Change to India's FDI policy to spur greater overseas investment
Article 2 minute read

Change to India's FDI policy to spur greater overseas investment

16 September 2013

Alterations to India's foreign direct investment (FDI) policy, as notified by the Reserve Bank of India (RBI), could see larger investments come in from overseas.

Multi-brand retailing has been made more attractive to foreign investors, as the 30% local sourcing rule has been eased, while states are now able to permit multi-brand retail stores to open in cities populated by fewer than one million people.

Meanwhile, the cap in telecoms investment has been increased to 100% from 74%, and up to 49% can be automatic.

The move has also changed the way in which the term 'control' is defined under the Foreign Exchange Management Act (FEMA) in regards to mergers and acquisitions involving companies based abroad.

The definition states that 'control' gives ”the right to appoint a majority of directors or to control the management or policy decisions including by virtue of their shareholding or management rights or shareholders agreement or voting agreements".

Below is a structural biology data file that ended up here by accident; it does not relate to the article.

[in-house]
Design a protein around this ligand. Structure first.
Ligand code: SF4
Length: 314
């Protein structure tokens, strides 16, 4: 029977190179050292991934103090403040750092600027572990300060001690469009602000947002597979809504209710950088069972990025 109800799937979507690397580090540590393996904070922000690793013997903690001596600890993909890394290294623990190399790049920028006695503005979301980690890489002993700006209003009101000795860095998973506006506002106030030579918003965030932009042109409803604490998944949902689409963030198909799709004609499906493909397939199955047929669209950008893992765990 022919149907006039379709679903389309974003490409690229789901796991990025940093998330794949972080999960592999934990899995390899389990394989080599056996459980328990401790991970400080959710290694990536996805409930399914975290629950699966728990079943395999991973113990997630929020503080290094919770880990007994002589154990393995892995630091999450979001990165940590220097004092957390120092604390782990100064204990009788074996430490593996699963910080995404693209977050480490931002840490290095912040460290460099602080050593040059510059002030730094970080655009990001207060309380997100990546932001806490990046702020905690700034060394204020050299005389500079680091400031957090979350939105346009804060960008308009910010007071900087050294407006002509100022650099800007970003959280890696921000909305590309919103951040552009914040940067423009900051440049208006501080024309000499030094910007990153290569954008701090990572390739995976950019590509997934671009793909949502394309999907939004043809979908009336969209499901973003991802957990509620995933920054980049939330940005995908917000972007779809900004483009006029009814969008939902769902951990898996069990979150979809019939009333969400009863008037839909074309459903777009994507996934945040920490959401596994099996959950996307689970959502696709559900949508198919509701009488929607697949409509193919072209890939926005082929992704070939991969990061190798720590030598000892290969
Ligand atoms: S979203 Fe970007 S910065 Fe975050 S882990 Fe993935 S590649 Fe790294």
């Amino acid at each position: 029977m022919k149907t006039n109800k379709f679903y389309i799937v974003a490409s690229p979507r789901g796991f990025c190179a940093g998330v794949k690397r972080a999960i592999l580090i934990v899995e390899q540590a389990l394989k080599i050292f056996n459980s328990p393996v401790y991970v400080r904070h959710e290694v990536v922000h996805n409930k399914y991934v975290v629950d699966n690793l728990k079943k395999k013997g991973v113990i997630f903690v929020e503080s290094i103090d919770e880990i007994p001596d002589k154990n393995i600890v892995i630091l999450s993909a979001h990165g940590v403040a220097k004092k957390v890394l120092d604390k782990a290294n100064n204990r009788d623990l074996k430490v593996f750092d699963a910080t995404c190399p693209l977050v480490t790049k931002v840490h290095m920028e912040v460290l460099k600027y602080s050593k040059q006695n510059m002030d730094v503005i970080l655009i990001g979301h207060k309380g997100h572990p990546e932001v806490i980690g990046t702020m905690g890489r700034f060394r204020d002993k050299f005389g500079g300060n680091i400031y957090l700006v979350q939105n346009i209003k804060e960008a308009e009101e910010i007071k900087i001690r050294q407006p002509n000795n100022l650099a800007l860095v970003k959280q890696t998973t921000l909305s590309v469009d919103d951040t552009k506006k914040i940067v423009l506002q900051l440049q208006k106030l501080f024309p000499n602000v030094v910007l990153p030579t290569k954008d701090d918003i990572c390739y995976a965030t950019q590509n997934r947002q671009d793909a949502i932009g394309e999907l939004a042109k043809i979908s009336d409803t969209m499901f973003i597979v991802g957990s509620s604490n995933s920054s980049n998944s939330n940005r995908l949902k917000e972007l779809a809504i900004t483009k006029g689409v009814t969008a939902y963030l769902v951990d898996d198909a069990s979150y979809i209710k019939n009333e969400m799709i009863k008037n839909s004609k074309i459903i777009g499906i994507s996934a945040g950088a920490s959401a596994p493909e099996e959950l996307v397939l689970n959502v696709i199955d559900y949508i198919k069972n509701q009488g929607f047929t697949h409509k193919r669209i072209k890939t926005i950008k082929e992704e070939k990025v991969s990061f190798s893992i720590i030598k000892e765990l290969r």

Previously, the term was used solely to refer to the power to appoint the majority directors.

As a result of this alteration, foreign investors should find that they are not able to acquire indirect control in sectors where FDI is not allowed or is capped at 49%.

"We believe since the announcement of FDI policy, FDI has increased … FDI is increasing in India and investor confidence is increasing," said Arvind Mayaram, Department of Economic Affairs Secretary.

He added that FDI stood at US$9m in the first quarter of the year, up from US$5m at the same time in 2012.

The move comes following the Cabinet decision to ease FDI norms on August 2nd. The new FEMA policy is effective from August 22nd.

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